Ready to set the longlines
Long-line fishing, while commonly done by commercial fisherman, is also an effective tool when studying sharks. The BBFS has been long-lining since its inception, and sets the lines once a month. Long-lining allows us to survey the populations of larger sharks and their movement, migrations & growth around Bimini.
Once per month, 5 long-lines are set around Bimini for a 24 hour time period. Four lines run North to South down the East side of the Main Lagoon. The fifth, "Wild Card" line, is a "roaming" line that is laid in a new location each setting.
Baiting the hooks
Each long-line is over ¼ mile long, anchored on each end, and adorned with alternating white Styrofoam floats and baited gangions. Circle hooks are used on the gangions to prevent sharks from swallowing the hooks, and to decrease by-catch.
In the years that Dr. Gruber has been long-lining around Bimini, he has recorded 13 species of sharks caught on the lines. See the Sharks of Bimini for a list of the sharks caught on the Sharklab's long-lines
In order to be sure that any sharks that are caught are not harmed, the long-lines are checked every 3-5 hours. This ensures that anything that is caught on a hook, is not left on the line too long.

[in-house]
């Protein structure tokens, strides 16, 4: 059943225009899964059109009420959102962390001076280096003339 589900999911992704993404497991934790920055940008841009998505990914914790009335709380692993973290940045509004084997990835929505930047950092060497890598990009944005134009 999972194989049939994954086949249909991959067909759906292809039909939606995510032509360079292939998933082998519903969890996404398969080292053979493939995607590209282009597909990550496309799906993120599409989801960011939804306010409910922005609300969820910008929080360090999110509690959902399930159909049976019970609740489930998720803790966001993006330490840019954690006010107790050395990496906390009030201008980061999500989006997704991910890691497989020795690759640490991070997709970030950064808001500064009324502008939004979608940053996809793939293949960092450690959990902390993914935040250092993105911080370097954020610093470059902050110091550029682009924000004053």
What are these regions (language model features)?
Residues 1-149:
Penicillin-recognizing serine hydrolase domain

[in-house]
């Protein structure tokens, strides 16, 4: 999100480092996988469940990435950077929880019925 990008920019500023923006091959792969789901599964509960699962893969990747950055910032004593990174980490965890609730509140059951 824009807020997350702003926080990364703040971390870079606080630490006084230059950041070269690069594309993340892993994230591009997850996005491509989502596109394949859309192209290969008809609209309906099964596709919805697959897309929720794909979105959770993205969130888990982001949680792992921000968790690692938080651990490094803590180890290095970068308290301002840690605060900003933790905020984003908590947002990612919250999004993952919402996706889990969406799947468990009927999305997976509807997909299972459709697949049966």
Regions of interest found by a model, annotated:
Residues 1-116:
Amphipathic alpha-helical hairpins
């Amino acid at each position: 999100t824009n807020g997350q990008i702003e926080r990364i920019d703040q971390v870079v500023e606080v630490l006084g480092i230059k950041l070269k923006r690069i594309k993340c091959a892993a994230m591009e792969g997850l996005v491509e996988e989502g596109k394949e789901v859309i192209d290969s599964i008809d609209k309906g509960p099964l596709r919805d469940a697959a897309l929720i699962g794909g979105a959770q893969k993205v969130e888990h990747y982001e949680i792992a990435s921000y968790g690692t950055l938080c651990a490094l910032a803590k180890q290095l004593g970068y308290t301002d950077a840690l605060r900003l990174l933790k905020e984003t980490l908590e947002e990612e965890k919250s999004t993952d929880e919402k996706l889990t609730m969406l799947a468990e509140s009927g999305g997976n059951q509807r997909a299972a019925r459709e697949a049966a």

Every shark that is caught on the lines is pulled to the boat to check its condition, and then "worked-up". The data collected from each shark includes: species, sex, pre-caudal length measurement (PCL), fork length measurement (FL), and total length measurement(TL). The sharks are then tagged. Every shark over 140 cm (TL) is tagged with a Casey dart tag from the National Marine Fisheries Service. Lemon sharks are additionally tagged with a Passive Integrated Transponder (PIT) tag, and a DNA sample is taken for genetic analysis. Any additional comments about the shark, or the conditions of which is was caught are also logged in our database. The shark is then de-hooked and released.
Blacktip Shark ready for the work-up
Each tagged shark that is recaptured provides us with information on that sharks growth, movements, migration, and habits.